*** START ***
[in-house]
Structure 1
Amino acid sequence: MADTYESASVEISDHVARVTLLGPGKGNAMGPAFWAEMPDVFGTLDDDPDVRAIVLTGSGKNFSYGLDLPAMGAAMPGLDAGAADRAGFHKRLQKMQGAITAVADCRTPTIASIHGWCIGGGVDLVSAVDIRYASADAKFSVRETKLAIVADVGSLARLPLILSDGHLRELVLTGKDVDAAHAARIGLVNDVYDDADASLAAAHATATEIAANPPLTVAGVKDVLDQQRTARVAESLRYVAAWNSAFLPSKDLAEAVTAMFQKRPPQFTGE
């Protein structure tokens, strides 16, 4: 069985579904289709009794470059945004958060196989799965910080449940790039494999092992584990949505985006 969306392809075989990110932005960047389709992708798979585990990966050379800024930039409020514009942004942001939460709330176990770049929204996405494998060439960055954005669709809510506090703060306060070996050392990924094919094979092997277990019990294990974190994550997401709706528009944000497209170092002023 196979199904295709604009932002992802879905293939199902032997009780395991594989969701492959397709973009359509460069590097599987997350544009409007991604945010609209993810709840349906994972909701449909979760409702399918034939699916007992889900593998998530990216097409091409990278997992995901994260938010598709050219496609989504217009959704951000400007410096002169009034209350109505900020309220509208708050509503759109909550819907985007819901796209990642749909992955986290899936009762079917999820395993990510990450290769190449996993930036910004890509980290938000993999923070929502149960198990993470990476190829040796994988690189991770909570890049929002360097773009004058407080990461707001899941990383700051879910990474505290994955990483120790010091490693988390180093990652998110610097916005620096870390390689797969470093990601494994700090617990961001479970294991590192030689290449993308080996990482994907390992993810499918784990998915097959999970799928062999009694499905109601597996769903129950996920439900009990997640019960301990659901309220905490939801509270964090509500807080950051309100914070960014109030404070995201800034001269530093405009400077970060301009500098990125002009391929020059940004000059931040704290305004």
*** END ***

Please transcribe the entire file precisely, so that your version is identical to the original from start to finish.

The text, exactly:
[in-house]
Structure 1
Amino acid sequence: MADTYESASVEISDHVARVTLLGPGKGNAMGPAFWAEMPDVFGTLDDDPDVRAIVLTGSGKNFSYGLDLPAMGAAMPGLDAGAADRAGFHKRLQKMQGAITAVADCRTPTIASIHGWCIGGGVDLVSAVDIRYASADAKFSVRETKLAIVADVGSLARLPLILSDGHLRELVLTGKDVDAAHAARIGLVNDVYDDADASLAAAHATATEIAANPPLTVAGVKDVLDQQRTARVAESLRYVAAWNSAFLPSKDLAEAVTAMFQKRPPQFTGE
């Protein structure tokens, strides 16, 4: 069985579904289709009794470059945004958060196989799965910080449940790039494999092992584990949505985006 969306392809075989990110932005960047389709992708798979585990990966050379800024930039409020514009942004942001939460709330176990770049929204996405494998060439960055954005669709809510506090703060306060070996050392990924094919094979092997277990019990294990974190994550997401709706528009944000497209170092002023 196979199904295709604009932002992802879905293939199902032997009780395991594989969701492959397709973009359509460069590097599987997350544009409007991604945010609209993810709840349906994972909701449909979760409702399918034939699916007992889900593998998530990216097409091409990278997992995901994260938010598709050219496609989504217009959704951000400007410096002169009034209350109505900020309220509208708050509503759109909550819907985007819901796209990642749909992955986290899936009762079917999820395993990510990450290769190449996993930036910004890509980290938000993999923070929502149960198990993470990476190829040796994988690189991770909570890049929002360097773009004058407080990461707001899941990383700051879910990474505290994955990483120790010091490693988390180093990652998110610097916005620096870390390689797969470093990601494994700090617990961001479970294991590192030689290449993308080996990482994907390992993810499918784990998915097959999970799928062999009694499905109601597996769903129950996920439900009990997640019960301990659901309220905490939801509270964090509500807080950051309100914070960014109030404070995201800034001269530093405009400077970060301009500098990125002009391929020059940004000059931040704290305004």